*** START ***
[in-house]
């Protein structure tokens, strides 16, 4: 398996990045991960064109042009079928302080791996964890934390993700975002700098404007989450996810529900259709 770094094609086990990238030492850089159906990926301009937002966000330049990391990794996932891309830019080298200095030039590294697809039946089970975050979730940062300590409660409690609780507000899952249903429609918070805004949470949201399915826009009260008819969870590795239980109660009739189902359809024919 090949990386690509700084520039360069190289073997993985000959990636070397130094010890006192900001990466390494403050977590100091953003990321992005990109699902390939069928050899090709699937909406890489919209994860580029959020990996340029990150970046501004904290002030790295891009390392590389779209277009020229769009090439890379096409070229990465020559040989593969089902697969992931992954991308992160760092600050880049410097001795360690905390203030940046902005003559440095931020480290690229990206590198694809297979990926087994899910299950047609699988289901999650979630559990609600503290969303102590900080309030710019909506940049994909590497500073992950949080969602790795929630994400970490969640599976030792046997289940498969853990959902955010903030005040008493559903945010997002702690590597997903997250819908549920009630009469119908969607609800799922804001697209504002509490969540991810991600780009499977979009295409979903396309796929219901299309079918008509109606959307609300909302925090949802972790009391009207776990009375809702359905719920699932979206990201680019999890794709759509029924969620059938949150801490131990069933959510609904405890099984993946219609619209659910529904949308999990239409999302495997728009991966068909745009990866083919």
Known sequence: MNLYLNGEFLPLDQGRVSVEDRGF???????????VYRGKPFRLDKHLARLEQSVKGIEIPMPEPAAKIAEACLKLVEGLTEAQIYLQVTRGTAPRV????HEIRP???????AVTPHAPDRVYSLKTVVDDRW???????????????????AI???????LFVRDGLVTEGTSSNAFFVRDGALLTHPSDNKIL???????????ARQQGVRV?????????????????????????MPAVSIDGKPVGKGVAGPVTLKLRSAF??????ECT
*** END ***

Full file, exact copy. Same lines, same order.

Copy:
[in-house]
């Protein structure tokens, strides 16, 4: 398996990045991960064109042009079928302080791996964890934390993700975002700098404007989450996810529900259709 770094094609086990990238030492850089159906990926301009937002966000330049990391990794996932891309830019080298200095030039590294697809039946089970975050979730940062300590409660409690609780507000899952249903429609918070805004949470949201399915826009009260008819969870590795239980109660009739189902359809024919 090949990386690509700084520039360069190289073997993985000959990636070397130094010890006192900001990466390494403050977590100091953003990321992005990109699902390939069928050899090709699937909406890489919209994860580029959020990996340029990150970046501004904290002030790295891009390392590389779209277009020229769009090439890379096409070229990465020559040989593969089902697969992931992954991308992160760092600050880049410097001795360690905390203030940046902005003559440095931020480290690229990206590198694809297979990926087994899910299950047609699988289901999650979630559990609600503290969303102590900080309030710019909506940049994909590497500073992950949080969602790795929630994400970490969640599976030792046997289940498969853990959902955010903030005040008493559903945010997002702690590597997903997250819908549920009630009469119908969607609800799922804001697209504002509490969540991810991600780009499977979009295409979903396309796929219901299309079918008509109606959307609300909302925090949802972790009391009207776990009375809702359905719920699932979206990201680019999890794709759509029924969620059938949150801490131990069933959510609904405890099984993946219609619209659910529904949308999990239409999302495997728009991966068909745009990866083919």
Known sequence: MNLYLNGEFLPLDQGRVSVEDRGF???????????VYRGKPFRLDKHLARLEQSVKGIEIPMPEPAAKIAEACLKLVEGLTEAQIYLQVTRGTAPRV????HEIRP???????AVTPHAPDRVYSLKTVVDDRW???????????????????AI???????LFVRDGLVTEGTSSNAFFVRDGALLTHPSDNKIL???????????ARQQGVRV?????????????????????????MPAVSIDGKPVGKGVAGPVTLKLRSAF??????ECT